Home
Kate's Conservation

Conservation Corner
Prince William Soil & Water Conservation District
By Kate Norris

Installing a Simple Outdoor Wash Stall

Getting your horse ready for a show or fair, rinsing away sweat after exercise, treating a wound, or just giving your horse a"day of beauty" is much more enjoyable when you have a properly functioning wash area. The following recommendations will guide you through the installation of an economical, practical, and environmentally-friendly outdoor wash stall, for five horses or less.

  1. Site Selection
    Choose an area that is convenient to your barn and water source and has well -drained soils. The Conservation District can provide you with soils information for your property. Avoid placing the wash area where runoff will flood walkways, work areas, manure storage areas, or drylot paddocks. The best site is well away from ponds, streams, and wetlands-- at least 100 feet. The wash stall is designed to direct the majority of the wash water through the rock layers, but you should site your wash stall so that any surface runoff containing detergents, grooming products, or fly sprays can filter through a well-vegetated buffer in the surrounding area.

  2. Materials
    You'll need 4 railroad ties or landscaping timbers 8 feet in length and stakes to secure them to outline your stall, 2 sturdy fence posts on which you'll mount your cross ties, and your footing materials. Gather an 8 feet x 8 feet piece of geotextile/filter fabric, 3 tons of VDOT size #1 gravel for the base material, 1.3 tons of VDOT size #57 for the surface treatment, and an open weave rubber mat for your horse to stand on. You want your surface material to allow water to drain through it and into the rock layers below. A stall mat also provides a surface that is easy to clean manure off of and will prevent an impatient horse from digging through all your hard work when you run back to the barn for some conditioner.

  3. Installation
    Start by preparing the surface. You should remove the sod and top 12" of soil in an area approximately 7 feet x 7 feet (make your "pit" smaller than the area you will box in with your railroad ties so that the railroad ties can be placed at the original surface level). Box-in the wash stall area with your rail ties or lumber, securing it with spikes. Next add 8" of size #1 gravel, followed by 4" of size #57 gravel, and finally a rubber stall mat. Set two fence posts (w/concrete for better stability) on which you can attach cross ties, outside the wash stall. Now you're ready for the finishing touches such as an easily managed hose, a spray nozzle for controlling the flow of water, and a basket or other container to keep shampoos and sprays upright when not in use, preventing leakage into runoff water.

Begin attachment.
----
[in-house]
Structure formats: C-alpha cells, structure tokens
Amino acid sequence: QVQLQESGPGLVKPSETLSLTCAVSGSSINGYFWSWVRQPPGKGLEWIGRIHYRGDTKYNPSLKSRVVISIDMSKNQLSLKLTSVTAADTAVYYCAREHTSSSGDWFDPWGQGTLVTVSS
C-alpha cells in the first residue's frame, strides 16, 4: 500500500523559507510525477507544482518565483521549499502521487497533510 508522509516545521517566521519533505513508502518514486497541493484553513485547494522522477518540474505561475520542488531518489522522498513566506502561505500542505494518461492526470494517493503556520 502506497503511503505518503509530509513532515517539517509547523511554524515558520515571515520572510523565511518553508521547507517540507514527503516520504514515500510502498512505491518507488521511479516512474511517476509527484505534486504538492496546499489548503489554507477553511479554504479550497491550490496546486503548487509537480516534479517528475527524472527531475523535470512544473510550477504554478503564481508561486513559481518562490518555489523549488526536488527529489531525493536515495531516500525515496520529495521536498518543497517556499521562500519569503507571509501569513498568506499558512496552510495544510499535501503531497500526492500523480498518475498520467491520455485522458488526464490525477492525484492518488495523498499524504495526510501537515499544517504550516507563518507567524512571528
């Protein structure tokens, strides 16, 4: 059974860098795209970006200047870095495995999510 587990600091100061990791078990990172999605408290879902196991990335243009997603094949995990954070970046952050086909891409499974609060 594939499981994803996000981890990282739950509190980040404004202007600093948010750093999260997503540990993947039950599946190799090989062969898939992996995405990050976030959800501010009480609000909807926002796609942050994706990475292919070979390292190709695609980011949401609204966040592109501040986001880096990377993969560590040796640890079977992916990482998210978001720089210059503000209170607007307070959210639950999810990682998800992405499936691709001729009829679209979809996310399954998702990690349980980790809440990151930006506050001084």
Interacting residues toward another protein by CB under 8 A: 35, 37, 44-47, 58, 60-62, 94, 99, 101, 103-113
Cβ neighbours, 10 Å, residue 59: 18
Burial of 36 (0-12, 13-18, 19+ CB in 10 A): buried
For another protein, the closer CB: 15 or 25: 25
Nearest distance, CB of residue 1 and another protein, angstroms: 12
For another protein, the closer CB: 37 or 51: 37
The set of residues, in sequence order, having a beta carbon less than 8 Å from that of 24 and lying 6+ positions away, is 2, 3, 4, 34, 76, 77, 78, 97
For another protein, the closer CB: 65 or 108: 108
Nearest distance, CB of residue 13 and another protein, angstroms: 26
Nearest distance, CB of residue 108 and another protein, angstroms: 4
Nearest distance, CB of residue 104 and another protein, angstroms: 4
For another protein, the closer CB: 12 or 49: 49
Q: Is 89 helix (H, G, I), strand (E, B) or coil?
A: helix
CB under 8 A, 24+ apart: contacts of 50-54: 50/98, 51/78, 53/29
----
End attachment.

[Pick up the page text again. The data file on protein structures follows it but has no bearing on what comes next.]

4. Maintenance
    Promptly clean up any manure before it can run off or prevent water from draining through your gravel layers. Watch for signs of erosion between the washstall and grass buffer. Add gravel or reseed areas as needed to prevent soil loss.

A properly sited and installed wash stall should last for a long time and make giving baths or medical treatments more pleasant. Take the time to consider the water quality impacts before you begin. Additional planning and installation assistance is available from the Conservation District, including more elaborate designs for larger operations or for those with poorly drained soils.


Home
Kate's Conservation